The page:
Of the four types of bee-eaters recorded from the Kathmandu valley, Chestnut-headed Bee-eater is the most commonly seen species of them all. They can be found in rural areas on the outskirts of villages, and though many bird guides write that the bird’s preferred habitat is forest near water, there are not very many water bodies in the Kathmandu valley at all, so from my experiences, they can be found where there are groves of trees bordering open areas and fields, especially on hillsides.
Maybe it is that combination of groves and fields that makes them so common in the northern portion of the Kathmandu valley near Sangla and Jhor. They are almost everywhere, it seems, at least by bee-eater standards. You can’t go far without running into some. The most I’ve seen during one birding trip in the Sangla area was fifteen, and that was an estimate.
They are hard not to admire, too: they dip through the sky like swallows, and for the most part are confiding and tame. They hunt from exposed perches and have a habit when sallying out for insects to come back to the same perch over and over. Chestnut-headed Bee-eaters are very social, family-oriented birds, and often you just don’t find one bird hunting alone, but five or six at a time.
Bee-eaters as a family are very social – sometimes they’ll even pile on ten to a branch or fill a tree with their brightly colored bodies. The exception, perhaps, are the rather stoic Blue-bearded Bee-eaters. In Nepal at least, they confine themselves to dense hill forest and forest clearings and aren’t as nearly gregarious and sociable as their Merops cousins.
By the time I had reached a little crest in the hill I was climbing, I had noticed there were at least four of the bee-eaters around me. They were perched, or sailing around, or calling their “pheer-pheer-pheer” and fluty “cheek” calls. With such good opportunities for photographs, I didn’t feel like I could justify going any further. So I stopped there and got out my camera.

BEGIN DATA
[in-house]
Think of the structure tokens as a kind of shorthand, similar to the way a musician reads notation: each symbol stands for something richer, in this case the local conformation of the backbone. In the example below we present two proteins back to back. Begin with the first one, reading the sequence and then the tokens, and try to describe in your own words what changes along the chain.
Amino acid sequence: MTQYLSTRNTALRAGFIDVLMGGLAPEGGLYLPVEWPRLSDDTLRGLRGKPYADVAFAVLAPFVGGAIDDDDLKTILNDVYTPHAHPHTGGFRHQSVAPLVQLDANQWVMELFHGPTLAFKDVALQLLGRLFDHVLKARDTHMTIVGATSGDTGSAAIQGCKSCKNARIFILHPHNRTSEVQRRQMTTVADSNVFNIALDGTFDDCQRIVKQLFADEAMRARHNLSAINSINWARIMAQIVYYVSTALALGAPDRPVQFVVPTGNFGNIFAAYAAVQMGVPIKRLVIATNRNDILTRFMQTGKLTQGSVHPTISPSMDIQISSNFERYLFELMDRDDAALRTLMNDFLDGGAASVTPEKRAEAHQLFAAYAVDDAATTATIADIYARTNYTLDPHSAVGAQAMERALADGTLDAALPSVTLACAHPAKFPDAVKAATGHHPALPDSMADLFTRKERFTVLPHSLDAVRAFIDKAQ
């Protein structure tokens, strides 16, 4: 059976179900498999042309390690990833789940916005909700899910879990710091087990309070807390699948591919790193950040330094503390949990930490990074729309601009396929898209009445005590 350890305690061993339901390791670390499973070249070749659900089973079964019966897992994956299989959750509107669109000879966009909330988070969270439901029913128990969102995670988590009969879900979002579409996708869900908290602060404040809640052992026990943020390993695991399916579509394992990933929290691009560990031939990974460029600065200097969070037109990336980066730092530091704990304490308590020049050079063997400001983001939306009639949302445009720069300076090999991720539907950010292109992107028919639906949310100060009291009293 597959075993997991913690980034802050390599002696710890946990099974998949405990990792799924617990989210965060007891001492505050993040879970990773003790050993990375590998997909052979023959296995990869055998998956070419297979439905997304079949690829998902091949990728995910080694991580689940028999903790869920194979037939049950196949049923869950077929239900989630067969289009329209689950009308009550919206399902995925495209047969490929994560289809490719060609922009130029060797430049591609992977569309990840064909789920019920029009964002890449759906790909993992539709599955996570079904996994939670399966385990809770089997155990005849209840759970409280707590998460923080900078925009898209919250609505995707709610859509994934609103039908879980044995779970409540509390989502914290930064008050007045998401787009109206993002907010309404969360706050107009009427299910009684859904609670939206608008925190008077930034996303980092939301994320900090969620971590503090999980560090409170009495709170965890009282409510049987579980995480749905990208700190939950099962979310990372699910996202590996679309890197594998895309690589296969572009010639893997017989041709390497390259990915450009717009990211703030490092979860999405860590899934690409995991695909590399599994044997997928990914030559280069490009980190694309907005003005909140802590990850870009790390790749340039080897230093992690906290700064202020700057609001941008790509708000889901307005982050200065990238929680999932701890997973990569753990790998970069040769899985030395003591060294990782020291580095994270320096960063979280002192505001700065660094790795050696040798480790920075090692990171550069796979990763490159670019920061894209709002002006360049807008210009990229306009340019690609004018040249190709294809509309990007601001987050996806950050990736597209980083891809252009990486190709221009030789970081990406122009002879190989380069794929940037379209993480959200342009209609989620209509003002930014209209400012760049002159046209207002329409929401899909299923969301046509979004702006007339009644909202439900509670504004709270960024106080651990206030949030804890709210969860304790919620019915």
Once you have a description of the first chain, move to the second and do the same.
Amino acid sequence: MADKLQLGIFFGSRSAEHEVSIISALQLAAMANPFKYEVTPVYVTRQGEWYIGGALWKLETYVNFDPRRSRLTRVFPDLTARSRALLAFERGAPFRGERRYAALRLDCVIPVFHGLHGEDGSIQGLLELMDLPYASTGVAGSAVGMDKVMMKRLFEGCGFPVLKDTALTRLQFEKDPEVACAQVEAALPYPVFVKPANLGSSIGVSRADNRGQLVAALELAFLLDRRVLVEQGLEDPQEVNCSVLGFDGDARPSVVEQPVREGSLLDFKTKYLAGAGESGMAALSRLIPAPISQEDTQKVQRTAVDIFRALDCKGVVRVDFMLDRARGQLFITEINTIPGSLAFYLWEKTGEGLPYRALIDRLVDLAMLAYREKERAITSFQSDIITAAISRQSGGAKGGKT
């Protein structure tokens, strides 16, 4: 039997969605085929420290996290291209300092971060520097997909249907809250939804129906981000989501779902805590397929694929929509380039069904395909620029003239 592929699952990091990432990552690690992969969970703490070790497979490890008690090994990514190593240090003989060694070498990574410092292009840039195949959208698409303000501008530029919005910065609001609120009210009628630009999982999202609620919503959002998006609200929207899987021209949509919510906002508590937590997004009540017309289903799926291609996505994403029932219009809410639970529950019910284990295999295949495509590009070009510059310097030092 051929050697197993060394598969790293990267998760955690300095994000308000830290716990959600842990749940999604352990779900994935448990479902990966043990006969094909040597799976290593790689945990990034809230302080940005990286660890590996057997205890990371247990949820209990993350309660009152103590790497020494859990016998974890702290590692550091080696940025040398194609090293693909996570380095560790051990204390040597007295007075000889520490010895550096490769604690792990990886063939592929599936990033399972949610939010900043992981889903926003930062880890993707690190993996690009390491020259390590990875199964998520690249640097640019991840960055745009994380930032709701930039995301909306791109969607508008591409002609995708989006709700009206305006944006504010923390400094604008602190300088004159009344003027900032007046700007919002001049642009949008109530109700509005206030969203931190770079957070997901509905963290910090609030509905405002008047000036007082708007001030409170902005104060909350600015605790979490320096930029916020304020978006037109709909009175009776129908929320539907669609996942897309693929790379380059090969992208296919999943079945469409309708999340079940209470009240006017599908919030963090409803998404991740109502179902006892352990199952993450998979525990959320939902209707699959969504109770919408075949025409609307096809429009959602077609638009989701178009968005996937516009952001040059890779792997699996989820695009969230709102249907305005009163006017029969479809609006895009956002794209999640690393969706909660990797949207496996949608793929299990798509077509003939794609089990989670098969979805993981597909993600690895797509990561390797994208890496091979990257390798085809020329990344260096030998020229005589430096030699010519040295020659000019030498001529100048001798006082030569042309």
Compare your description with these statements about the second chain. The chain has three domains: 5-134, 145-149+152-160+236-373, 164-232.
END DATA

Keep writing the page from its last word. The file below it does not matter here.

The afternoon sunlight was warm on the landscape, and the golden light contrasted with dark rain clouds on the other side of the valley. It was definitely raining in Lalitpur, I thought. Hopefully the clouds didn’t float over here and bring more rain down. As sunny as it was right now, this time of year one could never know.
My gaze wandered from the southeast to the southwest. There stood Nagarjun, a huge bulk of a hill, its many ridges and ravines outlined in the afternoon light. The shortest of the five main hills around the valley, Nagarjun peak reaches just over 8,000 feet above sea level. If it wasn’t for the lockdown, I thought, I’d much rather be exploring its dense hill forests for Barred Cuckoo-Doves, Red-tailed Minlas, Mountain Hawk-Eagles, shortwings, and shrike-babblers.
But a bee-eater’s call brought me back to reality. There were two adult birds behind me, and a younger bird in front of me. They called and perched and sailed on the afternoon winds. When they were above me, I could see their orange wings against the sun. And when they were below me their sky-blue rumps contrasted with their chestnut heads and green overwings. I spent the rest of the time on the hill photographing bee-eaters.